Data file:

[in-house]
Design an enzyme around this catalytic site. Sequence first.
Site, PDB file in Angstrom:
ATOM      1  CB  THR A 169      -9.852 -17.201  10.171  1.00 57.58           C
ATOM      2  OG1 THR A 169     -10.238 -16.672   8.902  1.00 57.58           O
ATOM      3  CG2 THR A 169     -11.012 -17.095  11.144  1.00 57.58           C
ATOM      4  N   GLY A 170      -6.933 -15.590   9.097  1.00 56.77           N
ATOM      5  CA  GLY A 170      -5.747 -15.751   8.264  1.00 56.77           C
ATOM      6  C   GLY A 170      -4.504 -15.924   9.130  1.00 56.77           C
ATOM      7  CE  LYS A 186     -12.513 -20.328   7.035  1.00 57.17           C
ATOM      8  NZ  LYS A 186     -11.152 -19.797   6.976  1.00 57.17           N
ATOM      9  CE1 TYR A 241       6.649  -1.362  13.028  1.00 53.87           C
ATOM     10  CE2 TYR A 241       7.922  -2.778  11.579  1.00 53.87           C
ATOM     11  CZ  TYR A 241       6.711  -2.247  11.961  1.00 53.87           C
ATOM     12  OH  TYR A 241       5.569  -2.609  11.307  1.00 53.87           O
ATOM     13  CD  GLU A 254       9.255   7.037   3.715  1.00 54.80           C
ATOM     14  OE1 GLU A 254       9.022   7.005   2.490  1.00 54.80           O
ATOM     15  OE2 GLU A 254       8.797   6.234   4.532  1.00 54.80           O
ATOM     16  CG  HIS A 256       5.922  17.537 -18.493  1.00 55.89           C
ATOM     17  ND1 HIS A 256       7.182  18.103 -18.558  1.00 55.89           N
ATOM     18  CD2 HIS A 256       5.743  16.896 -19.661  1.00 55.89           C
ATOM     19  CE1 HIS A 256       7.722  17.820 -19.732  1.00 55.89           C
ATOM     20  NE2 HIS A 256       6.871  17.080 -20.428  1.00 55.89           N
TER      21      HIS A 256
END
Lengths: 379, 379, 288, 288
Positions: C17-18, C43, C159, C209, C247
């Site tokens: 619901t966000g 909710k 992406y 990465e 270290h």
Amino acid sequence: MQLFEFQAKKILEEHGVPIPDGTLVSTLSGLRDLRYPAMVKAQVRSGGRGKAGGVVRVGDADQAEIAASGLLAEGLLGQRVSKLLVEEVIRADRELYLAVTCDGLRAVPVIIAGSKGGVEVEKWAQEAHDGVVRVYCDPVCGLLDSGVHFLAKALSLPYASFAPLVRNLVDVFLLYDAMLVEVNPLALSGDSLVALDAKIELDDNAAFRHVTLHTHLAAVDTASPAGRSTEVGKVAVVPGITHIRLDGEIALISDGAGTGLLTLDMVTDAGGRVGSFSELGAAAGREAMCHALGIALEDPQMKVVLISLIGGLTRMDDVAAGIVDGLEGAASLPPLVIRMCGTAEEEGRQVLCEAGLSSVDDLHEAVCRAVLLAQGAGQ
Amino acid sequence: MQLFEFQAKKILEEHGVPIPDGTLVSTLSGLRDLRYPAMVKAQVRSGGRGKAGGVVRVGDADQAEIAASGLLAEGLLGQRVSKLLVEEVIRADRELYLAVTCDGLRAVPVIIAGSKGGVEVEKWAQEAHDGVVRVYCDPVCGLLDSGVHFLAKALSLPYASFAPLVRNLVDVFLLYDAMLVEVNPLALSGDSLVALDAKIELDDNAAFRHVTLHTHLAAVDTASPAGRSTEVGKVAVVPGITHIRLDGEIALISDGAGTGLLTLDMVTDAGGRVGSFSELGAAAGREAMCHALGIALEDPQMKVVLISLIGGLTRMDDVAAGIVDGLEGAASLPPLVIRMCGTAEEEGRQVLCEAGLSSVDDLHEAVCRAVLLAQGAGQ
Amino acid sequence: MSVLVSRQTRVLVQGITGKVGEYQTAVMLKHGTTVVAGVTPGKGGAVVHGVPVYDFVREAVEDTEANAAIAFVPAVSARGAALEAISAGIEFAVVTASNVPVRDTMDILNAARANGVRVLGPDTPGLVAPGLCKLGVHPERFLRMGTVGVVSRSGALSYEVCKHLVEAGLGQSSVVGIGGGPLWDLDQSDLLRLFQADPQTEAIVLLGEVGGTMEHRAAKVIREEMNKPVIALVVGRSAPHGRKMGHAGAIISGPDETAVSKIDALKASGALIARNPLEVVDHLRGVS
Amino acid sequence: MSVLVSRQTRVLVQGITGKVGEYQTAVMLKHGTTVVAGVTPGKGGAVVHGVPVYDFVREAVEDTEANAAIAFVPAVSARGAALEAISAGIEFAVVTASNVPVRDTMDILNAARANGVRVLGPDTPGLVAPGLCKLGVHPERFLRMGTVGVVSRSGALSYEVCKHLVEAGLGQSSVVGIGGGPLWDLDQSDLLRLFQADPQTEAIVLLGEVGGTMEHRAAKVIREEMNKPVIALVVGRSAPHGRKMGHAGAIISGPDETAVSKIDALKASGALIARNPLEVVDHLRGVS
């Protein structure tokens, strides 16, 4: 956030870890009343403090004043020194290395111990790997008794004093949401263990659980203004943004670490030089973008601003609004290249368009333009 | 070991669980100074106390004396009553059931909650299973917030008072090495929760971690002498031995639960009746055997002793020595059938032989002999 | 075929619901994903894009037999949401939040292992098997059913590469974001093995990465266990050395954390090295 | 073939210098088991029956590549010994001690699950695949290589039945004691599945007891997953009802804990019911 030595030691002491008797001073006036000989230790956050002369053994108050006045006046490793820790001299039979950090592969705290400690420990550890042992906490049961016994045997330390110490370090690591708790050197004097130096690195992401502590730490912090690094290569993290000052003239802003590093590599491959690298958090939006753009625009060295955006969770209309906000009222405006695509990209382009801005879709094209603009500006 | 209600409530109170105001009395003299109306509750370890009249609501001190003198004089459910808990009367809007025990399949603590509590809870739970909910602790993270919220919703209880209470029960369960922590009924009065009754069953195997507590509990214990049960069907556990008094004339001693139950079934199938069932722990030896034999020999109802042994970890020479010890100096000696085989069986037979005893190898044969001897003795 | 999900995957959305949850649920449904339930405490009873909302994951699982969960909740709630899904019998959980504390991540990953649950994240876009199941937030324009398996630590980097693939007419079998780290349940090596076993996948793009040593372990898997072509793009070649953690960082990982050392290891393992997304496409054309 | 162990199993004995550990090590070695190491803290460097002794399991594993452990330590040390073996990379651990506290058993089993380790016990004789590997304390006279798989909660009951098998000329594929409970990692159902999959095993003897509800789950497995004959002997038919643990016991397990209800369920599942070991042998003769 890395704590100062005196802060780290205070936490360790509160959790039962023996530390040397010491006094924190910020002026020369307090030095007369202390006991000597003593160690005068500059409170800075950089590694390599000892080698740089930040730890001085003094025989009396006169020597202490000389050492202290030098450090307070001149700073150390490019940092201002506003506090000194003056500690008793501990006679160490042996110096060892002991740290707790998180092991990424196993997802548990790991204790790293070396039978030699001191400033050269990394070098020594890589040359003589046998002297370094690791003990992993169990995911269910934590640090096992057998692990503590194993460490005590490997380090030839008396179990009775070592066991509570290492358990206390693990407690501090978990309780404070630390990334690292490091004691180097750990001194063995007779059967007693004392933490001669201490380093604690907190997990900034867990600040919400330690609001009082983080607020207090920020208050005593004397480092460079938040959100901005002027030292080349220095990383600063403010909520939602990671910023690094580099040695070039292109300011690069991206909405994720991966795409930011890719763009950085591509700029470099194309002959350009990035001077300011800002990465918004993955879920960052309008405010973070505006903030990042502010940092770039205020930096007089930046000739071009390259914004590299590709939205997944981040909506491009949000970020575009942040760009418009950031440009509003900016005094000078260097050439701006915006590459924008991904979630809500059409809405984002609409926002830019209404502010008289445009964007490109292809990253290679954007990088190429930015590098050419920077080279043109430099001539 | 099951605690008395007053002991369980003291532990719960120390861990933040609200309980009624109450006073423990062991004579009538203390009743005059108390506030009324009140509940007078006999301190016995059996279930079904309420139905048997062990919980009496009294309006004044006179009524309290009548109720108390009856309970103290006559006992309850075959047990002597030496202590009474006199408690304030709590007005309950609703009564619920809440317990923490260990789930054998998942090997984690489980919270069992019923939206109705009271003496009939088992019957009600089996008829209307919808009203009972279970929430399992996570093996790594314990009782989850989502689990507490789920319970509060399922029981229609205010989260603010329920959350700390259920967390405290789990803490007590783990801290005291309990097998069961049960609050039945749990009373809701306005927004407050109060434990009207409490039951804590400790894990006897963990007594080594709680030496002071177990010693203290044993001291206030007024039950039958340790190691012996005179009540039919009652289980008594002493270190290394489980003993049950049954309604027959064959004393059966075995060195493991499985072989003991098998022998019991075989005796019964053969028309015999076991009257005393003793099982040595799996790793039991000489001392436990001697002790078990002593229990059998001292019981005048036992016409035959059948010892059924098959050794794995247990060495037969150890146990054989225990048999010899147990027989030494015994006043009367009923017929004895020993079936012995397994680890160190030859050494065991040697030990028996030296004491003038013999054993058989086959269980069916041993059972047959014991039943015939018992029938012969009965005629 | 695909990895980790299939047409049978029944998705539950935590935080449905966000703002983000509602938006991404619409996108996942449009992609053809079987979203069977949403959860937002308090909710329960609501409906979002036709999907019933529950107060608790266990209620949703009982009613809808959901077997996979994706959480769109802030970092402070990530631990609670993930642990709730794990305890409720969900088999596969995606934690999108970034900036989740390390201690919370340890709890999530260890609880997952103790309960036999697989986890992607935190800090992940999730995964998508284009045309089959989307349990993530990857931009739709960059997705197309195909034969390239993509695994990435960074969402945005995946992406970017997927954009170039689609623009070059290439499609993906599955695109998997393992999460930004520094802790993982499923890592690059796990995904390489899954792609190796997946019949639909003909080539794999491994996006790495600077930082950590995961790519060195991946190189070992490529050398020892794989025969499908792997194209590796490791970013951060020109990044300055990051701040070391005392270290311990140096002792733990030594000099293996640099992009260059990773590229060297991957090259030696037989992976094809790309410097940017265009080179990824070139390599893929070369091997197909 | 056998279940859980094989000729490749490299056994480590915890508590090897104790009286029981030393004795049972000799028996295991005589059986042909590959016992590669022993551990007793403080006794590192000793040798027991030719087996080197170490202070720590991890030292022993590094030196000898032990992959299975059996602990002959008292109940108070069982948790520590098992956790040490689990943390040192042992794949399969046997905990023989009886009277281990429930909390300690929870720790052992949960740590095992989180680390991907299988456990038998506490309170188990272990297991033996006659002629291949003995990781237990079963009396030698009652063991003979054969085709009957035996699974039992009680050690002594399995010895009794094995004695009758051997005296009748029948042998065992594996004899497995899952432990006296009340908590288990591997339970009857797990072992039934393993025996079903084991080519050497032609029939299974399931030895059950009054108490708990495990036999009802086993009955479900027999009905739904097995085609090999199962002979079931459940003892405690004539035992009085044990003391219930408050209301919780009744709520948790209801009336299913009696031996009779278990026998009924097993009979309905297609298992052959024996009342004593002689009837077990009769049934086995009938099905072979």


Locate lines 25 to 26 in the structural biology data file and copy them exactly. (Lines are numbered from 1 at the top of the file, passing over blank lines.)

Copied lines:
END
Lengths: 379, 379, 288, 288